People couldn’t take their eyes off him.
With Jay, Tony, Biniak, Stacy, Wentzle and Shogo, you put them together in a group and go, “Here!” Was it gnarly? Yes. It was. That’s how all this got started.
That’s what’s up. So if we take those top five events in skateboarding and align them with five skaters, we’ve got the five moments. There’s Jay going along the coping, and then it went mid-air, and you’ve got Tony. Then there was Ollie Gelfand with the first ollie, and then McGill with the first McTwist.
Let me say this. All those guys from the Bones Brigade were Stacy’s disciples and Stacy was one of my disciples.
Yes. It’s like the family tree.
Yes. Those were the kids. The first guy who did the 900 and blew it out was Tony Hawk in the X Games. That was another precipice moment. You have to give it up to all of those guys. Since we’re talking about Tony, I understand you’re on the board of the Tony Hawk Foundation.
The Tony Hawk Foundation is wicked. Those guys work to get skateparks built and donate dough to get skateparks built in areas that wouldn’t have them otherwise, so they’re doing great work.
That leads me to ask about you helping Murf, Walt and Jeff Ament get skateparks built on Native American Reservations.
Yeah. Jeff Ament came in hot on that project. He was dropping dollar bills hot. That’s Jeff. The Hawk Foundation was right there too. For that one, there was a moment on the board where it was me and Chris Sacca and they only needed X amount to get the park done. Jeff had already donated the majority of the funds. Hawk was coming in hot with their maximum donation and they only needed a little bit to get the park done, so I cut a check and Chris Sacca cut a check and it was done over the top.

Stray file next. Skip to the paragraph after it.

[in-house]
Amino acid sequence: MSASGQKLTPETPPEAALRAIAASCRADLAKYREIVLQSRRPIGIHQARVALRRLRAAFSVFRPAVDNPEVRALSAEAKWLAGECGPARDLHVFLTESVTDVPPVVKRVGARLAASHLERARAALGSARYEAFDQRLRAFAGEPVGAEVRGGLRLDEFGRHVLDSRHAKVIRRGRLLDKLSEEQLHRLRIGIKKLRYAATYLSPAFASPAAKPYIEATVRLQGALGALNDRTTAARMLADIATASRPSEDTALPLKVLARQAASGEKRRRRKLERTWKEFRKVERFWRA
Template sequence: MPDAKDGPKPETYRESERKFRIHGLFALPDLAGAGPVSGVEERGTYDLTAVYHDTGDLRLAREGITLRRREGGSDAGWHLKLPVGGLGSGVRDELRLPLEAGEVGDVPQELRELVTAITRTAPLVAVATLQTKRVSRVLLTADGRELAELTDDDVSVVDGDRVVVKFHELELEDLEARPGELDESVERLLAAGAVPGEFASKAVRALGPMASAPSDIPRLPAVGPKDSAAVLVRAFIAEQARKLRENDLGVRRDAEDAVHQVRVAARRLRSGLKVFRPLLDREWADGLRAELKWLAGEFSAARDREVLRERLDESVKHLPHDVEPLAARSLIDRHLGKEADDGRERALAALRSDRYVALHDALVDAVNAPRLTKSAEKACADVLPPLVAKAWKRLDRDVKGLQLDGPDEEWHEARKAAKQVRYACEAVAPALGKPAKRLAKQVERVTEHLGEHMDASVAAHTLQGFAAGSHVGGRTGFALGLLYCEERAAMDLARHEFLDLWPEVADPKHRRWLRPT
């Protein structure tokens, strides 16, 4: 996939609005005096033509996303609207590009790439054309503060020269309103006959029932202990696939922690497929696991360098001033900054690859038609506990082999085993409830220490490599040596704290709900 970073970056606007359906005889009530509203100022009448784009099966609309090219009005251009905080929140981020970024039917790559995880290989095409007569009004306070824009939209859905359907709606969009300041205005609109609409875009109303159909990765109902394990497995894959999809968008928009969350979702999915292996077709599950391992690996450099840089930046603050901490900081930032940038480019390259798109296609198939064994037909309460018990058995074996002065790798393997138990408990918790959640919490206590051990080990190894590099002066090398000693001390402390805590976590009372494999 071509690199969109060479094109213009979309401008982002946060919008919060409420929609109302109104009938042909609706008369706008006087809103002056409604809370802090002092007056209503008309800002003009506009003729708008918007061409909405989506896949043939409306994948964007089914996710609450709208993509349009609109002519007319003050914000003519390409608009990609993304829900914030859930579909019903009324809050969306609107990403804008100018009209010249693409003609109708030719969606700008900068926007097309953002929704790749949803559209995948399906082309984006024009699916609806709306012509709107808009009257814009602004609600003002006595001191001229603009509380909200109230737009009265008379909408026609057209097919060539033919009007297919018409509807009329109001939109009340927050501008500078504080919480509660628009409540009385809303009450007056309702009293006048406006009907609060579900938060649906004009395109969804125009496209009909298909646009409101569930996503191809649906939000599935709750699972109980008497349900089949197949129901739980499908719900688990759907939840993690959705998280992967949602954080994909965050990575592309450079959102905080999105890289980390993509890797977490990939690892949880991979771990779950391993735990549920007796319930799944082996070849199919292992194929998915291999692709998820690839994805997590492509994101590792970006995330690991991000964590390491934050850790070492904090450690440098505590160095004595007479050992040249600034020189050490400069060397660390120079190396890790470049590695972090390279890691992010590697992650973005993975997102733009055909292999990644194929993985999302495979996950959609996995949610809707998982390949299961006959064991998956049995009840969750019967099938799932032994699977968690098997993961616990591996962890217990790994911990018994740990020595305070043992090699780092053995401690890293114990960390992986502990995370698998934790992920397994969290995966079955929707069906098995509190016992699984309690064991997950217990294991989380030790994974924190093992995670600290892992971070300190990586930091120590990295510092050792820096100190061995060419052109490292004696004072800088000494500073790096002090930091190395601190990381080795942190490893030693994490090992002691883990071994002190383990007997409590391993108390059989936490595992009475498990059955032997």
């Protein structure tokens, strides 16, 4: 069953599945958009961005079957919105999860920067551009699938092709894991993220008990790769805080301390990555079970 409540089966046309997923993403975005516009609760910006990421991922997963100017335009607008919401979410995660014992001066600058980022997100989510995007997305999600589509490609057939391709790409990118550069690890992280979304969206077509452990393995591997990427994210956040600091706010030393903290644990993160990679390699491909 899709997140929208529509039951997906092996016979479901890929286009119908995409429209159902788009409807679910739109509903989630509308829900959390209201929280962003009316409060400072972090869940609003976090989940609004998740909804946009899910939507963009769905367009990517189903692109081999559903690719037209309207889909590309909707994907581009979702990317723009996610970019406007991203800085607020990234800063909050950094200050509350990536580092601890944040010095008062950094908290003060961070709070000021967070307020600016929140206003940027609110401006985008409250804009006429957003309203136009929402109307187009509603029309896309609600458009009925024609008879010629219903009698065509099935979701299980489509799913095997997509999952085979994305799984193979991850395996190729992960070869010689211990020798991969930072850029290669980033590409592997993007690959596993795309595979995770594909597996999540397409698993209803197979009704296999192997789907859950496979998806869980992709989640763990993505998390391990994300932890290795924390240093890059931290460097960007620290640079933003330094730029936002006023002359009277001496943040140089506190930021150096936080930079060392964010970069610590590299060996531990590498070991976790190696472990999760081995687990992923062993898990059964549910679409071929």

Wow. That’s really cool. Okay, here’s a question. Do you approach music and skateboarding in the same way?
There are three major similarities. One is that they both hit the reset button and clear the best part of you. They clean house. When you’re making music, you’re in a pure space and you’re into something that is the best part of yourself. It’s the same with skateboarding. When you’re skating, you’re in the best part of yourself and your thoughts are clear. You’re at that place that makes it really special and rare. Skating and music both bring you to a place like nothing else I’ve found. You’re centered. When you’ve written a great song or pulled off a great move, it’s the same feeling of accomplishment. When I’ve played a lick and thought, “Wow. That’s a solid lick,” it’s the same feeling as having landed a tre flip or even a clean ollie. It’s the best feeling. It’s an immeasurable, infinite sense of discovery. There is always something next. It never ends, where it can go, the possibilities and potential. It’s as vast as the entire universe.